Rabbit Hemorrhagic Disease
In 2020, Rabbit Hemorrhagic Disease Virus 2 (RHDV2), a virus that causes the notifiable foreign animal disease, Rabbit Hemorrhagic Disease (RHD), was detected for the first time in wild hares and rabbits in the United States. In August 2022, RHDV2 was detected for the first time in Pennsylvania in a domestic rabbit facility in Fayette County. RHD poses a threat to the commonwealth's cottontail rabbit and snowshoe hare populations, and as such, the Pennsylvania Game Commission is taking proactive measures to mitigate that threat. In September 2022, the Game Commission established Pennsylvania's first RHD – Disease Management Area (DMA) that covered roughly a 5-mile radius around where RHD was detected in a domestic rabbit facility. After no additional cases of RHDV2 were identified for 12 consecutive months, RHD-DMA#1 was dissolved in September 2023.
RHD Management Plan
The Game Commission endeavors to protect the commonwealth's cottontail and snowshoe hare populations, as well as the habitats they call home. In April 2022, the Board of Game Commissioners voted to adopt a disease management plan that outlines actions that will reduce the likelihood of RHD reaching Pennsylvania as well as guide agency decisions related to RHD in the commonwealth. This
plan was last updated in August 2022.
What is RHD?
RHD is a foreign animal disease, meaning it is not typically found in the United States and is of high concern to domestic and wild animal health. RHDV2 is one of two viruses that can cause RHD; it is a highly pathogenic and contagious calicivirus affecting hares, rabbits, and closely related species. RHDV2 was first identified in domestic rabbits in France in 2010 and since then, it has been responsible for mass die-offs in wild hare and rabbit populations in several countries including the United States. As of August 2023, RHDV2 has been designated by the USDA as stable-endemic to wild lagomorph populations in Arizona, California, Colorado, Idaho, Montana, Nevada, New Mexico, Oregon, Texas, Utah, and Wyoming.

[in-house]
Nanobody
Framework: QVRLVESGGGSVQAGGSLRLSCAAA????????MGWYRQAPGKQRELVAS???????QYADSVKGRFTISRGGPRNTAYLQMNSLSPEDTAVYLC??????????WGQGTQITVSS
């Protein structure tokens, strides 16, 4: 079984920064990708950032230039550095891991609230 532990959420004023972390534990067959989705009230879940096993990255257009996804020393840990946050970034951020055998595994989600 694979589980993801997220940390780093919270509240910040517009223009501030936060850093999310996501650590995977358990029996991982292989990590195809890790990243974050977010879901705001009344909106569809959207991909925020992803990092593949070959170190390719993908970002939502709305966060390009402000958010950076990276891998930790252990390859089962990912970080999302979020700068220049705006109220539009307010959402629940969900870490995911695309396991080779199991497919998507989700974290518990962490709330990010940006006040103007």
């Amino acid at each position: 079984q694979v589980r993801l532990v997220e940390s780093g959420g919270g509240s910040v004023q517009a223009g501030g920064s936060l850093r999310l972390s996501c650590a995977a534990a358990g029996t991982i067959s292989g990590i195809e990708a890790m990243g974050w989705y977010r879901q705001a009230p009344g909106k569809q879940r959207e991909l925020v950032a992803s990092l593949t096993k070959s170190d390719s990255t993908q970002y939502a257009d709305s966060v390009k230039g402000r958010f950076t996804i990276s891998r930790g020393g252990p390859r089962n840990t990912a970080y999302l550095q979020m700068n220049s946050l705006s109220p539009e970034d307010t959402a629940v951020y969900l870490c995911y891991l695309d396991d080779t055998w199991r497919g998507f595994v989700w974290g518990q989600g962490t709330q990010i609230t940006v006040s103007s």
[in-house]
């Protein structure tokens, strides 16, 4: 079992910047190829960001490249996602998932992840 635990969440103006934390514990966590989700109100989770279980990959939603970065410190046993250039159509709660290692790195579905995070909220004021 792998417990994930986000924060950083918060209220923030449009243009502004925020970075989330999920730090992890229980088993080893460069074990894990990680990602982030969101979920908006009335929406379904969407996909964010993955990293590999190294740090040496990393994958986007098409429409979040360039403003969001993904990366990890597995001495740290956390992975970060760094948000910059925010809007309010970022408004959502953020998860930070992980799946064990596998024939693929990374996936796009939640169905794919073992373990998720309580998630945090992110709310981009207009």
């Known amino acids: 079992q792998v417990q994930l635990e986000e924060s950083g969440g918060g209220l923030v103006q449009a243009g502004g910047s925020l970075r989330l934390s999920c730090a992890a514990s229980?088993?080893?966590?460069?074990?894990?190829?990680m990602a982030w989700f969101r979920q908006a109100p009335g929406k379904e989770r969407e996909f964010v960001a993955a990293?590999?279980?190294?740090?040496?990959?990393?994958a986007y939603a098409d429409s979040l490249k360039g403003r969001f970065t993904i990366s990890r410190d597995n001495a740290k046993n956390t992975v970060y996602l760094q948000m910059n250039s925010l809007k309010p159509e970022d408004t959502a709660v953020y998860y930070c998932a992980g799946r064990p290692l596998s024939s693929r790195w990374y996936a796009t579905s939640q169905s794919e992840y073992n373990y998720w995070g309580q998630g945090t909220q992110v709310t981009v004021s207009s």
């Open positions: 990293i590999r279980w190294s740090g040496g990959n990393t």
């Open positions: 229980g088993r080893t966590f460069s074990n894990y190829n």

How does RHDV2 spread?
The virus is extremely hardy and highly contagious. It can spread between hares and rabbits via many pathways that include direct contact with infected live or dead individuals; ingestion of contaminated food or water; inhalation; contact with contaminated equipment, tools, and enclosures; viral movement by flies, birds, biting insects, predators, scavengers, and humans; and contact with urine, feces, and respiratory discharges from infected individuals. The virus can survive on clothing, shoes, plant material, or other items that could accidentally be moved from an infected area.
How does RHD affect hares and rabbits and what can we look for?
There is no specific treatment for the disease, and it is often fatal (generally 75%-100%) with the potential to result in large, localized mortality events. Hares or rabbits that do not immediately die following infection may present with poor appetites, lethargy, and blood coming from their mouths or noses.
Is RHD a public health concern?
RHD is not infectious to people or domestic animals other than hares or rabbits. However, multiple dead or sick hares or rabbits can also be a sign of tularemia or plague, diseases that can cause serious illness in people. Therefore, it is important that the public does not handle or consume wildlife that is sick or has died from unknown causes. It is also important to prevent pets from contacting or consuming wildlife carcasses.
Where exactly has RHDV2 been detected in wild hares and rabbits?
The United States Department of Agriculture's Animal and Plant Health Inspection Service maintains an RHD map at the following URL: https://www.aphis.usda.gov/aphis/maps/animal-health/rhd.